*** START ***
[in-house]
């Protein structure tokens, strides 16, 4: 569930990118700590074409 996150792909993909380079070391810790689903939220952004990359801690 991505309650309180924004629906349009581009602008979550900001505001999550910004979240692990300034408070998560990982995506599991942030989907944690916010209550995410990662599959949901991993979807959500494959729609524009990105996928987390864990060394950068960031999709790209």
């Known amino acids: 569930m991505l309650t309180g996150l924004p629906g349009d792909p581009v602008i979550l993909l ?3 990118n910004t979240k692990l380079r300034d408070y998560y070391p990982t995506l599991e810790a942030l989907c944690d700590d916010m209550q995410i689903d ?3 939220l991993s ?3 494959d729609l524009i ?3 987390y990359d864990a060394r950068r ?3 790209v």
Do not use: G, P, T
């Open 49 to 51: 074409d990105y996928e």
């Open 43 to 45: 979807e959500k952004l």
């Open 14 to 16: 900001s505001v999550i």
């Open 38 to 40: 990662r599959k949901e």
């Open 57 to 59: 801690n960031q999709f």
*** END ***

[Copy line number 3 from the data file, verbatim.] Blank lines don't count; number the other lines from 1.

């Known amino acids: 569930m991505l309650t309180g996150l924004p629906g349009d792909p581009v602008i979550l993909l ?3 990118n910004t979240k692990l380079r300034d408070y998560y070391p990982t995506l599991e810790a942030l989907c944690d700590d916010m209550q995410i689903d ?3 939220l991993s ?3 494959d729609l524009i ?3 987390y990359d864990a060394r950068r ?3 790209v």